Scott Walker: Soft on Aliens?

This week, Scott Walker hired Liz Mair to run social media outreach for his incipient presidential campaign.

Unfortunately for Walker, Mair is a pro-choice, pro-immigration, Republican-in-name-only, and she ain’t afraid to tweet so:

For these heresies, as well as some tweets disparaging Steve King’s Carnival of Xenophobia (a.k.a. The Iowa Freedom Summit), the chair of the Iowa G.O.P. called for Mair’s head.

Today, Mair resigned from the Walker campaign.

Certainly, it’s less than ideal to have a “head of social media outreach” that has used social media to ridicule some of the people she’s been hired to reach out to.

Still, The Purge of Mair feels gratuitous and indicative of one of the central challenges facing the 2016 G.O.P.: How to build a national majority off a base that prides itself on ideological exclusivity?

Officially, Mair was ousted for the tone of her tweets about Iowans, not her liberal social politics. But the conservative media pushback against her hiring seemed more concerned with who Mair is and what she believes, than by anything she might have said about the Hawkeye state.

One of the many pieces that right-wing news site Breitbart ran on Mair yesterday opened with this bombshell:

“Mair, a supporter of open borders immigration, amnesty for illegal aliens and the Senate “Gang of Eight” bill from last Congress, has dual citizenship in both the United States and the United Kingdom.”

Mair is labeled a heretic three times before the verb, after which, she’s branded a secret lobsterback.

Intrepid reporter Matthew Boyle notes that Mair was born in the United States. Therefore, her dual citizenship is no tragic inheritance but a conscious choice for which she must be held accountable. Boyle demands Mair explain,“Why wasn’t US citizenship good enough?”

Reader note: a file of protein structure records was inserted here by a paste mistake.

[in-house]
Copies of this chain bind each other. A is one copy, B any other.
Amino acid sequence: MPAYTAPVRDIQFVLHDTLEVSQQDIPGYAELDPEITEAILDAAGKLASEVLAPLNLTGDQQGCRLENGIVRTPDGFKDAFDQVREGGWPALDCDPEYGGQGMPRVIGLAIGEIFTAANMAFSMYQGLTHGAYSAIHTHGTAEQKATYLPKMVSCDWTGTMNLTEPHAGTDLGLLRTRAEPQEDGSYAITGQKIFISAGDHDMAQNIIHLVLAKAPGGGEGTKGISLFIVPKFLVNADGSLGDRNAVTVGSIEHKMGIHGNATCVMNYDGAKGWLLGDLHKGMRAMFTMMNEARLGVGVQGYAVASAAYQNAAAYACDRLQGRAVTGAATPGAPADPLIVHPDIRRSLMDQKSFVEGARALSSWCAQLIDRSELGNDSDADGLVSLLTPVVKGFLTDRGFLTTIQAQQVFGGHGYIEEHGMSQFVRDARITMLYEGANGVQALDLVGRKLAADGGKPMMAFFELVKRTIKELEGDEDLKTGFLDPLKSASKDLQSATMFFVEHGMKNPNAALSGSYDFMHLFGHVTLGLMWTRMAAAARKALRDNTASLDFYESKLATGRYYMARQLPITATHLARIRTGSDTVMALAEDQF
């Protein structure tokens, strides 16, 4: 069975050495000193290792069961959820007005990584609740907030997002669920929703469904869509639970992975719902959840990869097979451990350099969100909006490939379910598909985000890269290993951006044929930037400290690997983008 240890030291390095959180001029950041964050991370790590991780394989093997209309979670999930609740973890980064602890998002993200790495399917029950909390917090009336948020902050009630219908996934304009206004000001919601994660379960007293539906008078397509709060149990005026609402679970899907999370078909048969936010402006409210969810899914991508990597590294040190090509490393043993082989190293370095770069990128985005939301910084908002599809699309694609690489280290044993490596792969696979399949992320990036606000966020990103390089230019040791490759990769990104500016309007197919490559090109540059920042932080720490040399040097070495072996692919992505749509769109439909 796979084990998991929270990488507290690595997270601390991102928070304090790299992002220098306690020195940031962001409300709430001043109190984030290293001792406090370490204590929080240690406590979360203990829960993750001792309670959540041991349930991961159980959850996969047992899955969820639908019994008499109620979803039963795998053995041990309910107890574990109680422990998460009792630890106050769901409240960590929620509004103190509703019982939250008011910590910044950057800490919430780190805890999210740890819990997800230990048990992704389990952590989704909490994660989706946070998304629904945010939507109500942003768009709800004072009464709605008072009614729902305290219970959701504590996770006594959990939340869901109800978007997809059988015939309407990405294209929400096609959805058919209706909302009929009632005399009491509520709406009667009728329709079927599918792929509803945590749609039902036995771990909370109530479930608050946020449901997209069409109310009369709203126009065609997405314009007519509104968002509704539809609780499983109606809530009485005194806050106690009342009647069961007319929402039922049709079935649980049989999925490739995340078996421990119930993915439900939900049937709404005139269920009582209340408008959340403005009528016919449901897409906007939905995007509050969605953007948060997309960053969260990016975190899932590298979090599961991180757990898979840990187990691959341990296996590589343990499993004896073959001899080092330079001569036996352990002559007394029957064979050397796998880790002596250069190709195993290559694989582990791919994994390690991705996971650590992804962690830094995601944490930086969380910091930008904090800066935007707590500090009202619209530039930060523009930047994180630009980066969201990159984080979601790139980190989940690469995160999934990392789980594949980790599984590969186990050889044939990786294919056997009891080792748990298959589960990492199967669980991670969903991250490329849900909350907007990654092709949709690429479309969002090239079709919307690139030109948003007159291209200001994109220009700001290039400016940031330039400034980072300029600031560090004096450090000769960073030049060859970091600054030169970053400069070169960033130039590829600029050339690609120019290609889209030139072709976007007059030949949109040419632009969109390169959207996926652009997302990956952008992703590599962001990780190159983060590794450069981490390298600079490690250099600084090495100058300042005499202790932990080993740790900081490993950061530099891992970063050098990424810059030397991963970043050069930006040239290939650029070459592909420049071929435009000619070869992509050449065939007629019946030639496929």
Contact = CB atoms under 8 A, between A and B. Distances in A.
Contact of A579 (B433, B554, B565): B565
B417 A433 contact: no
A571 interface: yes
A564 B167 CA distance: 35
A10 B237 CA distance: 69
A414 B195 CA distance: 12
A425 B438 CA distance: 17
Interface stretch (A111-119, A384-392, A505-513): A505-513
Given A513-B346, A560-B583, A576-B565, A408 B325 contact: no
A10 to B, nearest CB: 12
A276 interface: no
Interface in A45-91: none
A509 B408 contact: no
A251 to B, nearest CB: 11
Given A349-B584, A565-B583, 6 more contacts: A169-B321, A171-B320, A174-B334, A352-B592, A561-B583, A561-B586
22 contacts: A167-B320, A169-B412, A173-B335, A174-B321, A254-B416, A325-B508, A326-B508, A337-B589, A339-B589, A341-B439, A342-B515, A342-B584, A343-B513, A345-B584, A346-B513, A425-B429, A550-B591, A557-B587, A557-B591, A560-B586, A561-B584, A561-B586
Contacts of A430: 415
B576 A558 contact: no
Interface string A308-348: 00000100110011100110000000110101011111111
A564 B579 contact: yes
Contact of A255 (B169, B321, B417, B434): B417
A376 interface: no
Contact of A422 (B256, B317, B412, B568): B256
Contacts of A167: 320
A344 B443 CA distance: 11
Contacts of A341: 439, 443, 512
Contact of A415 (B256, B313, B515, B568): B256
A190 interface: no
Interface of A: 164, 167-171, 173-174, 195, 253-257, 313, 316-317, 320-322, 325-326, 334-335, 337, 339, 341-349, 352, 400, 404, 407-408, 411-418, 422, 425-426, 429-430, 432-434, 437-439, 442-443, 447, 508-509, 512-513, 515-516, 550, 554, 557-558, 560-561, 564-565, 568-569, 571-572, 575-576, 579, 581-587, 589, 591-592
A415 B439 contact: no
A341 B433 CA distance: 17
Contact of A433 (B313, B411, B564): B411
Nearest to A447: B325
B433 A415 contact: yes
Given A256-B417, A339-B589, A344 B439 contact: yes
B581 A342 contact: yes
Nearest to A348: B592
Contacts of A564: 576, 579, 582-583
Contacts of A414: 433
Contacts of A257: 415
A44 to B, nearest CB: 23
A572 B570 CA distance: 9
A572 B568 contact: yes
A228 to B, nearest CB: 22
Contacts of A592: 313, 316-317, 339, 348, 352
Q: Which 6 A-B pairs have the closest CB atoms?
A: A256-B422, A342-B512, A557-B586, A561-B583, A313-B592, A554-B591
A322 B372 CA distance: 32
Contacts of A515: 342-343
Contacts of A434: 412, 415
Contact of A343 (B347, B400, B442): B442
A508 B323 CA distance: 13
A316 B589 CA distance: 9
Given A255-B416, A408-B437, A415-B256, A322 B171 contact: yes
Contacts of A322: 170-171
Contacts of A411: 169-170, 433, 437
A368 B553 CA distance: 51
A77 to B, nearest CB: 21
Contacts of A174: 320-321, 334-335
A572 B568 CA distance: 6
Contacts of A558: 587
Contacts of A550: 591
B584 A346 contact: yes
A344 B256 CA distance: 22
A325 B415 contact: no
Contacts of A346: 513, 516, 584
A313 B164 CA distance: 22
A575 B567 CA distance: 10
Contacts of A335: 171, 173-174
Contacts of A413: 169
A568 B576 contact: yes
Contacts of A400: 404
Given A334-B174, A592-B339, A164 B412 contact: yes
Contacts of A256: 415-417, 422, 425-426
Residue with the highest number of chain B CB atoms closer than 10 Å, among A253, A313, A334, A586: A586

Mair wasn’t hired to design Scott Walker’s policy towards Great Britain. She was hired to manage some email lists. But in a crowded primary field where everyone not named Jeb is jockeying for the title of truest conservative, every impurity must be answered for. In this environment, a candidate simply can’t have a pro-choice “dual citizen” writing his hash-tags.

It’s worth noting that when Mair tweeted, “I see Iowa is once again embarrassing itself and the GOP this morning,” she was lamenting her party’s intolerant nativism. What was embarrassing to Mair was the spectacle of her party’s would-be presidents declaring their hostility to “illegal aliens”, at an event organized by one of the country’s most transparently racist Congressmen.

The ubiquity of the word “alien” is one of the more stunning features of GOP primary discourse. The term is rarely used in written policy, where the modifier “illegal” is deemed sufficiently dehumanizing. But in the Republican primary, many candidates appear uncomfortable merely adopting xenophobic policy; they feel compelled to adopt xenophobic language as well. These candidates signal their belonging to the conservative movement by literally alienating its opponents.

And this imperative to define ideological enemies as aliens isn’t limited to debates over immigration. The tribalism that leads Steve King to deny undocumented workers the title of “immigrant,” is the same that leads Scott Walker to deny President Obama the title of “Christian.” Today, in deference to that tribalism, Walker denied Mair the title of social media director.

The view that one’s political opponents aren’t fellow citizens to be persuaded, but “unAmericans” to be defeated, was the basis of Romeny’s infamous claim that “47 percent” of the electorate were unreachable moochers.

To become President, the Republican nominee will need to find a way of sneaking a few aliens back into his party’s small-tent, after spending all primary season kicking them out.

Or, he could just try to keep them from voting.

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